This isn't a reassuringly promising start.

 

Alas, it only gets worse.

 

If we can't decide on what basis to include, or even exclude, certain objects and processes from this avowedly contradictory "Totality", then maybe it allows entry to those that not only don't exist, but those that can't?22a

 

This latest (and surprising) turn of events now presents those attempting to construct an Ontological Definition of the "Totality" with far more daunting problems than the relatively minor difficulties already encountered. That is because there are a number of controversial DM-theories/laws/principles that imply the 'perimeter fence' (as it were) enclosing the "Totality" is, shall we say, full of holes.

 

Indeed, as we are about to find out, this 'boundary wall' more closely resembles a colander than it does a wok, a sieve more than a bucket.

 

 

Figure Five: Is This An Apt Metaphor For The "Totality"?

Surely Not -- There Aren't Enough Holes!

 

While most rival ontological systems operate with some sort of closed-border policy -- allowing entry to some objects and processes, disallowing others -- it turns out that DM-theorists can't exclude anything at all since they openly admit (if not emphatically insist upon) the existence of innumerable 'contradictions' and paradoxes in each and every nanogram of matter!

 

In which case, it might be more honest to acknowledge that the 'DM-border-fence' isn't so much porous as non-existent. Hence, it looks like the DM-"Totality" could contain impossible, not just contradictory 'objects', and maybe even mythical and imaginary entities, too. Perhaps it includes four-edged hexagons, the round square, the golden mountain, unicorns, the Olympian Gods, the end of the rainbow and even the Adhedral Triangle?22b

 

Anyone tempted to respond that the above list is absurd (since it includes contradictory items that can be ruled out in advance) should once again consult their local DM-Soothsayer before they jump to that conclusion. In fact, given the DM-'principles' mentioned earlier, it is difficult to see how any of the above weird and wonderful prospective members of the "Totality" might be kept out.

 

This means that if the DM-"Totality" is to be rescued from oblivion, some way must be found of preventing these and countless other absurdities from crossing its recklessly permeable 'boundary'.

 

In response, it could be argued once more that the above claims are clearly ridiculous. Dialecticians only acknowledge the existence of contradictions that can be, and have been, empirically verified. They certainly don't acknowledge the actual existence of 'theoretical' contradictions and assorted absurdities like those mentioned earlier, nor do they countenance the mere existence of all contradictory, imaginary or impossible objects and processes.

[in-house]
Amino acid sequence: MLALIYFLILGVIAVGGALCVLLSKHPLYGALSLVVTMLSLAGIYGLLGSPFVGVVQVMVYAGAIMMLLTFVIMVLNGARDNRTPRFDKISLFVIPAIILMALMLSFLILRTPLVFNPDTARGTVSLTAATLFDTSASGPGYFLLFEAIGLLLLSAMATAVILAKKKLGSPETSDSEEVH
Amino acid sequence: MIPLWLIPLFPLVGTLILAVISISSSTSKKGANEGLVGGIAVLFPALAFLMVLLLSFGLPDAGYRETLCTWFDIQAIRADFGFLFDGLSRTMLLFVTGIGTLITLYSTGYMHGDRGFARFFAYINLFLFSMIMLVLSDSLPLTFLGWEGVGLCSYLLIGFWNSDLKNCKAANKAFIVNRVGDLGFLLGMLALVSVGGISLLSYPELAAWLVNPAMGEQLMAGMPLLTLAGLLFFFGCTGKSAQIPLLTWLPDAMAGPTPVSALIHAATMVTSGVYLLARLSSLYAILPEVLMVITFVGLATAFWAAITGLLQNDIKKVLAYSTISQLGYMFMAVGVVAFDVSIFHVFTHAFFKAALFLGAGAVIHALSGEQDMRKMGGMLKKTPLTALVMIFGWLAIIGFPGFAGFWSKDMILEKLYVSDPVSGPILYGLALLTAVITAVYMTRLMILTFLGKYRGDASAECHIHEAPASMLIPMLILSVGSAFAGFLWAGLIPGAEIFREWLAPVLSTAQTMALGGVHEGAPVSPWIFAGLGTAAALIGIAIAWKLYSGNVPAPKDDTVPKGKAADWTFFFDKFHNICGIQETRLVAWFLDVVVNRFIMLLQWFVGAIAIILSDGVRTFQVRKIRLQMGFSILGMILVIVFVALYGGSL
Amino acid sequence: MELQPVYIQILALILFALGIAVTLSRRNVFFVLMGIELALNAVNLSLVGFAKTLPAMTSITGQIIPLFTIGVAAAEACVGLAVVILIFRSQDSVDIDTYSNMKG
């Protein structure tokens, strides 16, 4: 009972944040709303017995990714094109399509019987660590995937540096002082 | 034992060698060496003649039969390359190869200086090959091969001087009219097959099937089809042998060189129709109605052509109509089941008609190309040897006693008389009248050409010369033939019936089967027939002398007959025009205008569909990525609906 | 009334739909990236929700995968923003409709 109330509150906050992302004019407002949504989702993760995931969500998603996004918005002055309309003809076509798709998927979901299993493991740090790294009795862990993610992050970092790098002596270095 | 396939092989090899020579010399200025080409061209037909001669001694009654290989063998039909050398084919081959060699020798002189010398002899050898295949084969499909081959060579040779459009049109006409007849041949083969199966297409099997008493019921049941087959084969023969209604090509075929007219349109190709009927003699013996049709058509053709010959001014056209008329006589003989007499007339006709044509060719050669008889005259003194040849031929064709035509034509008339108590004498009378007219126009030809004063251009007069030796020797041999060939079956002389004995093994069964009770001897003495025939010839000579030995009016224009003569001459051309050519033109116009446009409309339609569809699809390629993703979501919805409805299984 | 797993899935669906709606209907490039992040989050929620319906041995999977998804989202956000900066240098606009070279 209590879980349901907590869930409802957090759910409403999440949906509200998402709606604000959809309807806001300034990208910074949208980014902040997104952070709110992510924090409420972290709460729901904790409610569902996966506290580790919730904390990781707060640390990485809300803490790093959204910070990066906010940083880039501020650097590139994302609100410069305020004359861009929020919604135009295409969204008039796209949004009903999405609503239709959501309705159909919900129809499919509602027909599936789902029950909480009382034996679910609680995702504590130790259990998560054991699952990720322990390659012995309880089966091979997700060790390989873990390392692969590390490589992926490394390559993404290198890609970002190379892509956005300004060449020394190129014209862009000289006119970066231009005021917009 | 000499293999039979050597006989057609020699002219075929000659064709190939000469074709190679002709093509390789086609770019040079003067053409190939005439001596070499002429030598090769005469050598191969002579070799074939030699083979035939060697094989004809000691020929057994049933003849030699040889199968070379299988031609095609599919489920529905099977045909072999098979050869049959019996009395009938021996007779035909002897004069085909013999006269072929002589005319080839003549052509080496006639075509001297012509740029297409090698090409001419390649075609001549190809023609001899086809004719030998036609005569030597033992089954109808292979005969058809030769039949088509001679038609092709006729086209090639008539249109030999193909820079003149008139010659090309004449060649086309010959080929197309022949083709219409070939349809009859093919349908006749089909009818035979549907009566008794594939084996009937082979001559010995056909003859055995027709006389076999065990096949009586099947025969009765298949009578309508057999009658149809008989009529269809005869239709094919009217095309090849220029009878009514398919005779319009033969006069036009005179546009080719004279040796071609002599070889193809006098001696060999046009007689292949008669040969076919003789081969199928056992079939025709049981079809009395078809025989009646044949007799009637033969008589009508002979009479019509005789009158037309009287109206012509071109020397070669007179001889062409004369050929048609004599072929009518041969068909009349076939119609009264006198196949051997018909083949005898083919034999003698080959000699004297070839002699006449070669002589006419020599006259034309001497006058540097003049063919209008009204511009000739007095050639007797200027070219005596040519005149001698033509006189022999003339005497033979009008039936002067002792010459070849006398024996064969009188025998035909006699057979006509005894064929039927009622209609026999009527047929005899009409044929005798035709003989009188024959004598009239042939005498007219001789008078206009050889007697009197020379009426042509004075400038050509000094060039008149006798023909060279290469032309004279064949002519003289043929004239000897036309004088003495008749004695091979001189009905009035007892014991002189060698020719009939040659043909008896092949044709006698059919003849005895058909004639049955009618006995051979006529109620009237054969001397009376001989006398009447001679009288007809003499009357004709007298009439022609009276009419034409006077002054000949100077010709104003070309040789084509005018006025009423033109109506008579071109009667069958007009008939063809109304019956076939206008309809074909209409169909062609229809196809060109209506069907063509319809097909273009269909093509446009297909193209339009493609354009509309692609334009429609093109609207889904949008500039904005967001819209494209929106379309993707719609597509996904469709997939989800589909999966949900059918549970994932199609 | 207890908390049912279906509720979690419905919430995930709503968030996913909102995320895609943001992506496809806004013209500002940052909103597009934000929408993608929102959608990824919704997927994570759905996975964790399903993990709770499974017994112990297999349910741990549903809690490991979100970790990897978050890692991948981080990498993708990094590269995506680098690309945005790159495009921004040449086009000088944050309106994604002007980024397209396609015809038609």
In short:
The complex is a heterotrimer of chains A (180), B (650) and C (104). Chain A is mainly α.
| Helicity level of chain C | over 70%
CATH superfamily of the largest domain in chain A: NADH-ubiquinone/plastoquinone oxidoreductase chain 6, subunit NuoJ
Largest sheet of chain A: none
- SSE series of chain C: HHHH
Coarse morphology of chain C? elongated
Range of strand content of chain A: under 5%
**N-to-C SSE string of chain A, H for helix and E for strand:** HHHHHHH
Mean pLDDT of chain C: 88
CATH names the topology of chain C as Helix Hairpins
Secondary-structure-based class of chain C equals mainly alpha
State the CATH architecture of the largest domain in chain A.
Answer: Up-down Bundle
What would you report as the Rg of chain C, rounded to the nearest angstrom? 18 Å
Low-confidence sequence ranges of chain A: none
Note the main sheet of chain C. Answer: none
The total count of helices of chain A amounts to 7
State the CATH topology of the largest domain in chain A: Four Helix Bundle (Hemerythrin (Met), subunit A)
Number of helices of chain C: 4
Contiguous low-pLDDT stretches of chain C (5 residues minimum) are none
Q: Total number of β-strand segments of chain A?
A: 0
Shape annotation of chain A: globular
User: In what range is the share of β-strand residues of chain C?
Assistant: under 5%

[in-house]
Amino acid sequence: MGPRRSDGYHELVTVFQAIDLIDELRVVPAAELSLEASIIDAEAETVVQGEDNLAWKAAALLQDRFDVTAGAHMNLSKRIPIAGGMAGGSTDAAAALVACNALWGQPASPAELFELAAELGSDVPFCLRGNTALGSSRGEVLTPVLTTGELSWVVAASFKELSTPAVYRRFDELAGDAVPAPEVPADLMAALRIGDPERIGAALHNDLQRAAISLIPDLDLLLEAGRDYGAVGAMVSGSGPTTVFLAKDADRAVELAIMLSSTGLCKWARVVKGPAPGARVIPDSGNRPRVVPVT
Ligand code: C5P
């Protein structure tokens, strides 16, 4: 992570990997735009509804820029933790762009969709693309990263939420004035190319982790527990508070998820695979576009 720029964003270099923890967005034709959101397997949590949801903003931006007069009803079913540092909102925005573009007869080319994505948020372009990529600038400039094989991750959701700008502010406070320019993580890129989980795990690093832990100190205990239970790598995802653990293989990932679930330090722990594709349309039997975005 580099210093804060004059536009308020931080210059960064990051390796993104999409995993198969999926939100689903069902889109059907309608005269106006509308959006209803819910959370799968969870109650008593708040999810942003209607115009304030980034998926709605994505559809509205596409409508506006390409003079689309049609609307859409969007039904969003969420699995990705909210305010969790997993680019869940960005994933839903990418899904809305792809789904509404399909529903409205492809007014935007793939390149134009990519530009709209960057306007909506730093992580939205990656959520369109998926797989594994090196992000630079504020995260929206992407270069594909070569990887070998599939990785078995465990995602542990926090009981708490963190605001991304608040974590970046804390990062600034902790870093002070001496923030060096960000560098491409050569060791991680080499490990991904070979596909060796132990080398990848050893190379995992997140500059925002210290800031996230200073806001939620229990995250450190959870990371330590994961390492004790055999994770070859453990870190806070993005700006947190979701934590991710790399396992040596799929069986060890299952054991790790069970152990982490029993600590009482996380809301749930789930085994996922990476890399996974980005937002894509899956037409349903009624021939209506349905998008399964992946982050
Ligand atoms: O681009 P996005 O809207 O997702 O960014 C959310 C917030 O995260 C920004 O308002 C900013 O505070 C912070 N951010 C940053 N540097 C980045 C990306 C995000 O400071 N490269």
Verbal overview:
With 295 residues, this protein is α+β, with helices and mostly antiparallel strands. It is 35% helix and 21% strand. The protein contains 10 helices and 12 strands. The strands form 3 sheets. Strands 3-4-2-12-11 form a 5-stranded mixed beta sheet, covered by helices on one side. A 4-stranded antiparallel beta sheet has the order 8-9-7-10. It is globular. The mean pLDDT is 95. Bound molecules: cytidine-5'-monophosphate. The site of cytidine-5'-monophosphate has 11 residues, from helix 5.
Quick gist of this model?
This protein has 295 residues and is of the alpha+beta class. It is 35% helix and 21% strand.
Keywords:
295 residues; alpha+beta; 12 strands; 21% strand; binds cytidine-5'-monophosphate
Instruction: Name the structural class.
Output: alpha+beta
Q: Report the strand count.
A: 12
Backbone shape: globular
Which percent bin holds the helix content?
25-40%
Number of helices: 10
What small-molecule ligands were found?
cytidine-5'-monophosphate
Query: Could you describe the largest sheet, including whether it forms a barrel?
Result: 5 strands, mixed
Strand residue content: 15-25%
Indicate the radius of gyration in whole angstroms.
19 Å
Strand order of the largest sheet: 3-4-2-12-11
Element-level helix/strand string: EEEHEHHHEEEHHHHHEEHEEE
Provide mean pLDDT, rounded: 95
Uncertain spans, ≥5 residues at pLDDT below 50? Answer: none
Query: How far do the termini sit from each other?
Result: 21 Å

That proffered DM-counter-claim is itself demonstrably false, as we will soon find out. Anyway, even if it were the case that DM-theorists refuse to admit the mere existence of such entities, there is in fact nothing in their 'logic' that rules them out. DL is, alas, remarkably accommodating.

 

Again, it could be objected that many such 'contradictory objects and processes' could easily be excluded if it turns out that they aren't material or don't represent verifiable material forces.

 

But, how do we know that is so and will always remain so? How can anyone be so sure that scientists will never discover such oddities? They already have enough of their own to contend with. Several were listed earlier. Would anyone like to tell physicists that an electron travelling 'backwards' in time is impossible? Or that 'quantum objects' can't be 'in two places at once'? Or that certain particles can't be instantaneously "entangled" across billions of light years of 'empty space'? Or even that 'virtual particles' aren't 'emerging' from that same 'empty space' all the time?

 

[UO = Unity of Opposites; DL = Dialectical Logic; FL = Formal Logic.]

 

Once again, such weird and wonderful objects and processes can't be ruled out by anyone appealing to the obscure notions DL supplies its unfortunate victims. Because of such 'logic', dialecticians already admit the existence of countless billion contradictions (and other assorted 'impossibilities') in every gram of matter, right across the universe -- whose existence can't be, and certainly hasn't been, confirmed by empirical means.

 

In fact, if everything in existence is a UO (as the DM-classics maintain), there should be at least as many contradictions in reality as there are sub-atomic particles (and possibly even more). In that case, if we accept what the DM-classicists have to say, the aforementioned 'impossibilities' and 'absurdities' can't be ruled out in advance of all the evidence having been collected and processed, certainly not on the basis of 'principles' exclusive to DL.

 

As we have already seen (in connection with Engels's analysis of motion, in addition to several other core DM-theories covered here, here, here, here, here and here), DM-theorists already acknowledge the existence of contradictory objects, as well as what might otherwise appear to be impossible objects, processes and events. Examples include the unity of opposite poles in magnets, 'contradictory' opposing forces operating throughout nature (at both the macro-, and the micro-level), contradictory moving objects, 'contradictory' numbers and mathematical concepts/objects, seeds which 'negate' themselves, the existence of actual infinities (that is, the existence of something which both terminates -- so that it is a determinate existent -- and which doesn't terminate because it isn't finite), the fundamentally contradictory nature of matter (in that it is both wave and particle, continuous and discontinuous, at the same time), the (supposed) fact that matter is just an 'abstraction', 'contradictory' cells that are somehow simultaneously alive and dead (or they are teetering on the edge of, or they are caught between, both states), and so on.